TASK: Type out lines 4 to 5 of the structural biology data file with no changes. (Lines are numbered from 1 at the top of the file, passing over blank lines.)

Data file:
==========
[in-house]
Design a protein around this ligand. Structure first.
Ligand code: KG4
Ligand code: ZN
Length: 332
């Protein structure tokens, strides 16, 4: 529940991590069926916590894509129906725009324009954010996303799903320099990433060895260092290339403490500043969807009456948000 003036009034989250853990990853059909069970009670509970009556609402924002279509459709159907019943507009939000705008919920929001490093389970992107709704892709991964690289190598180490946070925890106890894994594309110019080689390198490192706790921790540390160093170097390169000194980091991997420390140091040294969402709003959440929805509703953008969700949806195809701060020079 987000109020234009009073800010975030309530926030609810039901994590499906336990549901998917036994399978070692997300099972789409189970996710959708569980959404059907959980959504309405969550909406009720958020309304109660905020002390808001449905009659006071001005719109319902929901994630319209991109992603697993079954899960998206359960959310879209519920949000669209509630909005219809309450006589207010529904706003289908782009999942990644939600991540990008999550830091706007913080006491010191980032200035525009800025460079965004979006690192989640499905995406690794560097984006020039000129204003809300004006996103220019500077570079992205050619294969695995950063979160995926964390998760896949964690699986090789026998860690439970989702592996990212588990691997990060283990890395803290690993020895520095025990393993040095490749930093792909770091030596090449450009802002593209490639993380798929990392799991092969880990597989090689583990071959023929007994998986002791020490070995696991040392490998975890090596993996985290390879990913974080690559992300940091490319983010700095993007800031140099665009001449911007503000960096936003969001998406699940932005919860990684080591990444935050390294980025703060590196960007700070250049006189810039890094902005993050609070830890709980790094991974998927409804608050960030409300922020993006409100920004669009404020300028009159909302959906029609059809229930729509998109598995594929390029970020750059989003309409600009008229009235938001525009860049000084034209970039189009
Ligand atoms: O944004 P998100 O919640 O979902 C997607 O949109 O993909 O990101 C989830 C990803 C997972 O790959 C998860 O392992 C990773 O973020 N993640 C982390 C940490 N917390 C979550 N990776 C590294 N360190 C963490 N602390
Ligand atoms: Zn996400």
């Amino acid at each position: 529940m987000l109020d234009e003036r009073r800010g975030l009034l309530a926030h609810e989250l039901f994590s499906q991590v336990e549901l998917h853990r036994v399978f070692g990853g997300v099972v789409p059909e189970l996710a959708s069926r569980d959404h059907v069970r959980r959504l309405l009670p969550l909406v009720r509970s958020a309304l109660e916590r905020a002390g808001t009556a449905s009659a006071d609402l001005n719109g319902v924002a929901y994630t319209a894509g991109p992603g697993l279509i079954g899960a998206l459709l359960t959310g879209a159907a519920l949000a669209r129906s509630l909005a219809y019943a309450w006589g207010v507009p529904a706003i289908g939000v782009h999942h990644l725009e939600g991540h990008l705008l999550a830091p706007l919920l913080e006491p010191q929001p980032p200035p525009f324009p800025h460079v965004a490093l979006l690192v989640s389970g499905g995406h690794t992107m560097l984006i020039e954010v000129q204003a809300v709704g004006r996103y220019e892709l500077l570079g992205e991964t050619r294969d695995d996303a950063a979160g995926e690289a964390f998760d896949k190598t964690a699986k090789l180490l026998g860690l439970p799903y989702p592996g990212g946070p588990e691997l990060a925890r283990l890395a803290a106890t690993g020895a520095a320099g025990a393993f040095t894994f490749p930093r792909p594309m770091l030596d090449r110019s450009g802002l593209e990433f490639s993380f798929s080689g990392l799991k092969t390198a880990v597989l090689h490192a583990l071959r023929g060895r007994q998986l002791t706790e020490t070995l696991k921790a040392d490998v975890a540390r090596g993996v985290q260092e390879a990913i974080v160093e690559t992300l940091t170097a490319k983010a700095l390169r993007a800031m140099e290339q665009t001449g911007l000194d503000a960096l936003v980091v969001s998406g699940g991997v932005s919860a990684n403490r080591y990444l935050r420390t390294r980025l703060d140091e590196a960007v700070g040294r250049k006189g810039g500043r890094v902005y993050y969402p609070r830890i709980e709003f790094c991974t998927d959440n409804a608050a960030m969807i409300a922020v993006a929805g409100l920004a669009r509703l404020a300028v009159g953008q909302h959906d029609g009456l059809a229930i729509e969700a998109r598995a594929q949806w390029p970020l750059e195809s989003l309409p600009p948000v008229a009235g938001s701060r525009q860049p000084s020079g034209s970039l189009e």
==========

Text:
Ligand code: ZN
Length: 332